So for the past month, I decided to learn Ruby and also its popular web framework, Ruby on Rails (or just “Rails”). The motivation behind this learning spree was the creation of my own website that I could use to help me study better (as a sort of drop-in replacement for MS Word for writing outlines). First, let me say that learning Ruby was great and really fun. However, Rails was really, to be honest, a pain in the @ss for pretty much everything.
I’m not going to go off on a long rant here (like what this ex-Rails core contributor did); instead, let me just point out some of the biggest weaknesses of Rails:
- Its documentation is pathetic. The Rails API doesn’t really mean anything to me–it’s just an index of every feature of Rails with short tidbits that are often sorely lacking in coherence. Or at least something that a newbie programmer like me can understand. And, I don’t know why, but the Rails community decided to put together a Wiki that is, at least for everything I was interested in, either obsolete, or poorly organized. It’s like reading a IRC chat log, except with prettified code blocks. Like this page.
- Somewhat related to #1, Rails has few, if any, tutorials that work. This is because Rails changes every 2 weeks. For some reason, every book I’ve used on Rails so far had to be modified by myself to work on my Windows XP box (I’d like to get into the world of Linux and open source operating systems more, but the last time I tried to install Ubuntu 7.04, it refused to work with my dual LCD monitor setup). And that means every time I want to do something–say, add a feature to my Rails app–I need to first google some vague description of it, and hope that someone on the Rails mailing list has it figured out. And about 75% of all useful tutorials on Rails seem to come from blogs. This gives me the impression that Rails developers don’t want to share clear, concise knowledge with other people in general. That’s why crappy sites like the Rails Wiki I mentioned above pops up in the top ten search results on google so often.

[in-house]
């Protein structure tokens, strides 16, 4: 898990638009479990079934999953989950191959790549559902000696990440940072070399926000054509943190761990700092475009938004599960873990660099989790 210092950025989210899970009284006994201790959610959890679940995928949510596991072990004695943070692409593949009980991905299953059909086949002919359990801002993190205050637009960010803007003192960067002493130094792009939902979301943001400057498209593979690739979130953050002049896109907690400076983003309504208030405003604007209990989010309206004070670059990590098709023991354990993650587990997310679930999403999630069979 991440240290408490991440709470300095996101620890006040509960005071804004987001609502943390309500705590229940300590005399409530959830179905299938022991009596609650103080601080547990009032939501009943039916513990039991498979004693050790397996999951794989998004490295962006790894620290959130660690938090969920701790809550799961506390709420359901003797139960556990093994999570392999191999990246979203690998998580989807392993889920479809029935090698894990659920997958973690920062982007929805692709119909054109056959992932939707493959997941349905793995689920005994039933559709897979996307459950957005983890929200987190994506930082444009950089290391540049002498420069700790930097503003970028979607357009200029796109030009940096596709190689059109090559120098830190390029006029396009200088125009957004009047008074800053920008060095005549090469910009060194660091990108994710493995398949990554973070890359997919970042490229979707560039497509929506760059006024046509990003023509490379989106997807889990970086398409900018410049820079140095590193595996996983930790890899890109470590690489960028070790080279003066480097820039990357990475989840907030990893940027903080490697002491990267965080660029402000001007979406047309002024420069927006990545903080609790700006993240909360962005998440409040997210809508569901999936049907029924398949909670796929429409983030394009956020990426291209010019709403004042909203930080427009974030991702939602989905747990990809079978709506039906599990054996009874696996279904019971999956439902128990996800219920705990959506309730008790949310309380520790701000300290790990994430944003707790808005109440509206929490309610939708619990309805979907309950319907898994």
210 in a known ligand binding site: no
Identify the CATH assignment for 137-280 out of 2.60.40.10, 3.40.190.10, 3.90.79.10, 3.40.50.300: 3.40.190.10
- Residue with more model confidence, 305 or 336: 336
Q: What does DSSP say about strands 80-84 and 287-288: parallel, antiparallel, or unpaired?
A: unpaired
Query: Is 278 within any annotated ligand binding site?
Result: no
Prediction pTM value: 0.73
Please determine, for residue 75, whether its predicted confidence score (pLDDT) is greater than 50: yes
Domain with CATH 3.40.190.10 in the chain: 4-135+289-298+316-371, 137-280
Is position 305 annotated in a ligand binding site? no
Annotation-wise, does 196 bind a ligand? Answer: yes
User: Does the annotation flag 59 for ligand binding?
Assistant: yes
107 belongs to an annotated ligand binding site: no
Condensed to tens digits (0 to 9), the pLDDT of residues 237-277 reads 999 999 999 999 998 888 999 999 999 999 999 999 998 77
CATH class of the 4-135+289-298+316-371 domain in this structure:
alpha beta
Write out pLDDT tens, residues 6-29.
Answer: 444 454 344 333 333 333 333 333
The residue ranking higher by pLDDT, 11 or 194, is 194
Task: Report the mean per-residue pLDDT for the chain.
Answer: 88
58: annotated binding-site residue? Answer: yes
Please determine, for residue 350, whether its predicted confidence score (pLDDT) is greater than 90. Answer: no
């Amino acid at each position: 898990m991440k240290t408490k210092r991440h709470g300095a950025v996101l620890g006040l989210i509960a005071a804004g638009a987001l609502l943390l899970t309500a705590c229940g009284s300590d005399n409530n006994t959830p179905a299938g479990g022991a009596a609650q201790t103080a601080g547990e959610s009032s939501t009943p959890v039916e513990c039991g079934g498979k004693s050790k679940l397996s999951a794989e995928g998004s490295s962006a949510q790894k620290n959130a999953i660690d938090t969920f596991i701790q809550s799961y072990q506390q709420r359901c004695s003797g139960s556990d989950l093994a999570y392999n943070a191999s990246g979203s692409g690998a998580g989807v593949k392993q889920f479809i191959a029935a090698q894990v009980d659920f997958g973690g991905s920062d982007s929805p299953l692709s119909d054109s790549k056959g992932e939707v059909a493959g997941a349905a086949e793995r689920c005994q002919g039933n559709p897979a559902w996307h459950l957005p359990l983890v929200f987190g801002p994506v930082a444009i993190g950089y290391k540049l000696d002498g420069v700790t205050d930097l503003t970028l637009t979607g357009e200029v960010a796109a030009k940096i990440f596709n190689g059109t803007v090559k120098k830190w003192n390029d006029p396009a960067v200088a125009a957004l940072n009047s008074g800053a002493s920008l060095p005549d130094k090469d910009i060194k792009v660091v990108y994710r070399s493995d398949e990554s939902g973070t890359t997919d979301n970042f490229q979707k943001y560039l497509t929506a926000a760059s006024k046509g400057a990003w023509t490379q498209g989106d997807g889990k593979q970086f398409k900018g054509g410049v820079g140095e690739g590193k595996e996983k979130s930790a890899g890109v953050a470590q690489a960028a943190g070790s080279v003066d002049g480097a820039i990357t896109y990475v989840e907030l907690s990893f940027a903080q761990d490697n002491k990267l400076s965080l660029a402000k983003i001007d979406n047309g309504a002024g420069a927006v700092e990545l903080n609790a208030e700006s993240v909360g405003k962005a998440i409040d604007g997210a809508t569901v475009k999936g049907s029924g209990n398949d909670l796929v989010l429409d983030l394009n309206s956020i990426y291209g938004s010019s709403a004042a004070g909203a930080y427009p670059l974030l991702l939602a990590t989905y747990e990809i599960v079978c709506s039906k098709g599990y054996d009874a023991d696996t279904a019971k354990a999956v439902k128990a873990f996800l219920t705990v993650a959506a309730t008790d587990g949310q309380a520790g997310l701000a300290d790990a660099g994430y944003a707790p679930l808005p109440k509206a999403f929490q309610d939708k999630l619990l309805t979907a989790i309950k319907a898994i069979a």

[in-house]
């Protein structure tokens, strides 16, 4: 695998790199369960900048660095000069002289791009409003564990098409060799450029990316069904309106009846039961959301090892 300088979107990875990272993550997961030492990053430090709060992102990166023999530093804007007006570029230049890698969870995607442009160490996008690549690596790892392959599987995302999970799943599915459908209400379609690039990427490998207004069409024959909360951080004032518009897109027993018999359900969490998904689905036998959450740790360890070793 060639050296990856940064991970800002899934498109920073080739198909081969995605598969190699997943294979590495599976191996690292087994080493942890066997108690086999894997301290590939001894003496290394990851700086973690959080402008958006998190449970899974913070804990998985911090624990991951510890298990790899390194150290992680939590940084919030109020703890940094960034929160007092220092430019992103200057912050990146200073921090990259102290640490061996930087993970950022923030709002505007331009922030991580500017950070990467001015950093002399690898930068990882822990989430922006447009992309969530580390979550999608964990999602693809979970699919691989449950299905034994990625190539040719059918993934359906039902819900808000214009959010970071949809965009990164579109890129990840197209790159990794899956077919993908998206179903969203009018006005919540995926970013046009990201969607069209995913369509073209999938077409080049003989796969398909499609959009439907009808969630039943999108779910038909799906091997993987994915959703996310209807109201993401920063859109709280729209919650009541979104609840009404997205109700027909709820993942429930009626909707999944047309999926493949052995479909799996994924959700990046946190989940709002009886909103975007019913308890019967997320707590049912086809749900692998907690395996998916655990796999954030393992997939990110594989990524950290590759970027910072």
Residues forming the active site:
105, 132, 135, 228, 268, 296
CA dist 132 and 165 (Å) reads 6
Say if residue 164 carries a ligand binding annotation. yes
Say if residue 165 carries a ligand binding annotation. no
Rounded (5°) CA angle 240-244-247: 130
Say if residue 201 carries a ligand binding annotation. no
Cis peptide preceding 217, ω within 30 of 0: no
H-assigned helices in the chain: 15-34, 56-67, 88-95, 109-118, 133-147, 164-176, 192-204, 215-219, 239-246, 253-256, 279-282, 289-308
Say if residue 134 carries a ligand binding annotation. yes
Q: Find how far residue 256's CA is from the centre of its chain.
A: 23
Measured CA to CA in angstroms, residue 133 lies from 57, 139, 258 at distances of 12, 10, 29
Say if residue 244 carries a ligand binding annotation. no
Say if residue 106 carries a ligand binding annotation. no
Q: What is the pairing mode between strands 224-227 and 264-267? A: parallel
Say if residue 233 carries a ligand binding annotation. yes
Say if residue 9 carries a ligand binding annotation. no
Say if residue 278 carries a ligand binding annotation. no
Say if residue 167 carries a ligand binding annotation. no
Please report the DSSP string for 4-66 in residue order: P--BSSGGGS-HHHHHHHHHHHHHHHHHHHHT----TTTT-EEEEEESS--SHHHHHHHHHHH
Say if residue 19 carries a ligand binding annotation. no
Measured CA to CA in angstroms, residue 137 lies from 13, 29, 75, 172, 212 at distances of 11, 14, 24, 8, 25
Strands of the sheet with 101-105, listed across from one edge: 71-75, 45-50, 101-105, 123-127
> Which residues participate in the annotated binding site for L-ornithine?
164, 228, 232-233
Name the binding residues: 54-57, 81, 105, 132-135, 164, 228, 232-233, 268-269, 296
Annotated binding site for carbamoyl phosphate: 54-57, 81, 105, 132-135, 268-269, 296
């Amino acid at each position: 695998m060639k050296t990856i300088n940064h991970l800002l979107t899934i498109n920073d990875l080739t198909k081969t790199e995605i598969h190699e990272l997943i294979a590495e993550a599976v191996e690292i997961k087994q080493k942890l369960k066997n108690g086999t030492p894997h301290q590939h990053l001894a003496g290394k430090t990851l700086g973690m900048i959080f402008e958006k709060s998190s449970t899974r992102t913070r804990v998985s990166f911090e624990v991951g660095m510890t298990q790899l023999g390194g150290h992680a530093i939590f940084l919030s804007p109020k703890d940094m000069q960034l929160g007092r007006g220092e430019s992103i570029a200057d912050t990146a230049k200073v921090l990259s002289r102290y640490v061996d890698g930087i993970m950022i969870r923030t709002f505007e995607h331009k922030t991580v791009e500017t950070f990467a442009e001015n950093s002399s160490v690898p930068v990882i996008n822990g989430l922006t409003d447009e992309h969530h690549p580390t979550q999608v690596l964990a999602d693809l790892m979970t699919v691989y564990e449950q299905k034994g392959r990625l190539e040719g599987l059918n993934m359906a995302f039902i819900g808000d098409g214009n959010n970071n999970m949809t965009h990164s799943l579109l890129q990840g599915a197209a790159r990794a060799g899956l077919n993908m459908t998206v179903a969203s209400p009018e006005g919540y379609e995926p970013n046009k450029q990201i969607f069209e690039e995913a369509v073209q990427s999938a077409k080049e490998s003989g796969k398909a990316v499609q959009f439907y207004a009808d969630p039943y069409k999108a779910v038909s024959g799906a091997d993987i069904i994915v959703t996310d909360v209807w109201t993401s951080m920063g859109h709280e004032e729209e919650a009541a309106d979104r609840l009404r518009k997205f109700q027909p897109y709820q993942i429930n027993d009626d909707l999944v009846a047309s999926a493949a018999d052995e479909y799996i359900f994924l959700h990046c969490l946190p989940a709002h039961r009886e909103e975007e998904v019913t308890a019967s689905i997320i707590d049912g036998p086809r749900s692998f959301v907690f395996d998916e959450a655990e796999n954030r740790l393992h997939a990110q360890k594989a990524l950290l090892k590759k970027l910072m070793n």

- Aside from horrible documentation and a sore lack of working tutorials, Rails seems hypnotized with its own mantra of “do everything in 20 minutes or less!”. By this I mean–so many articles about Rails are caught in the hysteria that it’s always better to write less lines of code, that it’s so great to do something in 5 minutes. There’s a common thread running through these tutorials/blog articles about Rails–they’re concerned first about quickly implementing something instead of creating something that is sturdy, reliable, and is general enough to work in a wide variety of situations. Usually, many of the Rails “solutions” or “recipes” that I encounter across the web while googling for Rails developer wisdom are too specialized to be of any use to anyone but themselves. If you’re going to share something with other people, it better be easily adaptable/changeable so that people can actually make use of it, and hey, perhaps make it better.
- In line with what I said in #3, I really despise how so many tutorials make use of Rails’s “scaffolding” feature. Good grief–I don’t want auto-generated code flying around in my Rails app to add just one little feature. You know what, I think the whole “scaffolding” feature is retarded. It’s only good if you want to create shit-looking websites that look as good as the tutorial’s scaffolded views. Seriously–do people really use scaffolding? I think it’s just a big joke–a marketing scheme. Scaffolding only lets you create something really fast–so that the Rails community can boast about development speed. And why is it that every tutorial out there on scaffolding is concerned about creating a weblog? With “Posts” and “Comments” as models? What if I don’t want to create a weblog? What then?